Glossary of Terms: A

Diffusion process in which molecules are transferred from the gas phase to a liquid
AC/DC Output
Outputs the AC or DC signal to a data acquisition system or chart recorder.
American Conference of Governmental Industrial Hygienists, which develops and publishes recommended occupational exposure limits for hundreds of chemical substances and physical agents.
Any chemical with a low pH that in water solution can burn the skin or eyes. Acids turn litmus paper red and have pH values of 0 to 6.
Action level
Term used by OSHA and NIOSH to express the level of toxicant which requires medical surveillance, usually one half of the PEL.
Activated alumina
A highly porous chemisorbent media - usually impregnated with KMnO4
Activated charcoal
Charcoal is an amorphous form of carbon formed by burning wood, nutshells, animal bones, and other carbonaceous materials. Charcoal becomes activated by heating it with steam to 800-900°C. During this treatment, a porous, submicroscopic internal structure is formed which gives it an extensive internal surface area. Commonly used as a gas or vapor adsorbent in air-purifying respirators and as a solid sorbent in air-sampling.
Acute effect
A change that occurs in the body within a relatively short time (minutes, hours, days) following exposure to a substance. Adverse effect on a human or animal which has severe symptoms developing rapidly and coming quickly to a crisis. Also see "chronic effect."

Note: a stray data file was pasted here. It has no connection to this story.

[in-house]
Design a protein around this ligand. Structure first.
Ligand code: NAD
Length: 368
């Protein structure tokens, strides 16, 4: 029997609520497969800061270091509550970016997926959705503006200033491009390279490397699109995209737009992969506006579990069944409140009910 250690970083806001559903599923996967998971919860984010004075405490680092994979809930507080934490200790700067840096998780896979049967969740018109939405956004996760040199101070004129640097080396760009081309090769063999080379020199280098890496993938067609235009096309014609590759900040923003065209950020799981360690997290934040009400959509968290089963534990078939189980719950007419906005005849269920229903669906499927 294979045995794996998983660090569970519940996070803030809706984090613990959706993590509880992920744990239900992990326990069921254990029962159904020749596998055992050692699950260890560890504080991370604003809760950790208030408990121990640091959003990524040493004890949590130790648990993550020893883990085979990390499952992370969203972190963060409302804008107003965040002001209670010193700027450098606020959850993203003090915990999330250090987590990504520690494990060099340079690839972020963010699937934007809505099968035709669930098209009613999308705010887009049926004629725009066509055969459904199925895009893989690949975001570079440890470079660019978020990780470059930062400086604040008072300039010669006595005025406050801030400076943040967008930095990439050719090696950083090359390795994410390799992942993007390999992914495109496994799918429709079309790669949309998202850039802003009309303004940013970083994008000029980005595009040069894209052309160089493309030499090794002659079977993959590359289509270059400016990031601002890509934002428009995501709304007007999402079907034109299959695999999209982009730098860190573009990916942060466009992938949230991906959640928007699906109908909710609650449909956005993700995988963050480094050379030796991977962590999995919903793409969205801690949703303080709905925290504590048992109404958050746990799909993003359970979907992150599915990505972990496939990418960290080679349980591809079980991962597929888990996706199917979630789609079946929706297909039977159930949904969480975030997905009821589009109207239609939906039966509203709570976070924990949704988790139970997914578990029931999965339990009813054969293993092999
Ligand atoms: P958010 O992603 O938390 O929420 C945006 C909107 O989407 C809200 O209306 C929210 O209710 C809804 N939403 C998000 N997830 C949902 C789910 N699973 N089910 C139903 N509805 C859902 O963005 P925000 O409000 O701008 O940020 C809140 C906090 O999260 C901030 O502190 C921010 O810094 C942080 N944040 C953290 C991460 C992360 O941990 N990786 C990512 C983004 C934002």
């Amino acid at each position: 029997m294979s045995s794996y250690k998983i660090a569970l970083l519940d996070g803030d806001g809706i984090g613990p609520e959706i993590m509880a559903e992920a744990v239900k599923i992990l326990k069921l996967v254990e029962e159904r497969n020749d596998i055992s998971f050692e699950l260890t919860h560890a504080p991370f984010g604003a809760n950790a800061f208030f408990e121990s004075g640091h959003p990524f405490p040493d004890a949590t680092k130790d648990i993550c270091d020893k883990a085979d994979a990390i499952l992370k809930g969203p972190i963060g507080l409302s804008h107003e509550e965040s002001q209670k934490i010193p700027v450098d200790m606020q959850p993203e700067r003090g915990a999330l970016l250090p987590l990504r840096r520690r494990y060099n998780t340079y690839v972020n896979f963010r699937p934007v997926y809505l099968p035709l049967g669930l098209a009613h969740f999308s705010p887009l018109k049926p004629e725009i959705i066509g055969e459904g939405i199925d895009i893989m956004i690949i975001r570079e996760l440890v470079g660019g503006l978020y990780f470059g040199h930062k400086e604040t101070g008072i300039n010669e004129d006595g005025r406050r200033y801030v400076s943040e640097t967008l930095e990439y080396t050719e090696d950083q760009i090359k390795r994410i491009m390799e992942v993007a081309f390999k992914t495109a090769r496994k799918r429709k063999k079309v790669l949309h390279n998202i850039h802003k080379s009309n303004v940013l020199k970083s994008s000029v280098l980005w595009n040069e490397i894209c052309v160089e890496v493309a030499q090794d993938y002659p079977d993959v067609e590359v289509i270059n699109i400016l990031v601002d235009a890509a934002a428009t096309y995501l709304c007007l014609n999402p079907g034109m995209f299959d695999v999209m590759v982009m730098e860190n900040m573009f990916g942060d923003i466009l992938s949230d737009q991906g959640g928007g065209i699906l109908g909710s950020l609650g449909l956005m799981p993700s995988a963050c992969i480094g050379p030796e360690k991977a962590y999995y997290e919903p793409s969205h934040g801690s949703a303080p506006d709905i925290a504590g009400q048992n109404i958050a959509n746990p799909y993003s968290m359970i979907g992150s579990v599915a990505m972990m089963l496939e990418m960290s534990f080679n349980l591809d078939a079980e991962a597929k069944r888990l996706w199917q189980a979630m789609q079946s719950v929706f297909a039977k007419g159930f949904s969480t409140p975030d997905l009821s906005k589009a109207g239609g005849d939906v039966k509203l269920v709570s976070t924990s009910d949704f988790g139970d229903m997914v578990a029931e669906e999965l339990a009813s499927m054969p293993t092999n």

Acute exposure
A single exposure to a hazardous agent.
Administrative controls
Methods used to control employee exposure to airborne contaminants, e.g., by job rotation or work re-assignment
Gas scrubbing, porous materials with a very high ratio of interior surface area to external surface area, e.g. (a) activated carbon: the most common adsorbent material due to inherently high surface area and relatively low cost, (b) blended media: mixture of chemically impregnated activated carbon and activated alumina
a physical process in which a gas or vapor adheres to the surface of a solid (usually a highly porous material, e.g., activated carbon. The condensation of gases, liquids, or dissolved substances on the surfaces of solids.
A suspension of solid or liquid particles in air; typical aerosols: (a) Dusts: Solid aerosols generated from the reduction of larger materials; airborne dust range, 0.1 to 30µ, (b) Fumes: Solid aerosols formed by the condensation of solid materials, e.g., welding fumes, range, 0.001 to 1.0µ (c) Smoke: Aerosol mixture formed from incomplete combustion of organic matter, size range, 0.01 to 1.0, (d) Vapors: Gases formed by the evaporation of materials which are normally liquid or solid, size 0.005µ, (e) Gas: materials with the tendency to expand indefinitely and which completely and uniformly fills the container it occupies.
Any substance, force, organism or influence that affects the body, a part of the body, or any of its functions. The effects may be beneficial or harmful.
American Industrial Hygiene Association.
Air purifier
A device to capture and contain industrial process air contaminants
The mixture of gases that surrounds the earth; its major components are as follows: 78.08% nitrogen, 20.95% oxygen, 0.03% carbon dioxide, and 0.93% argon. Water vapor (humidity) varies.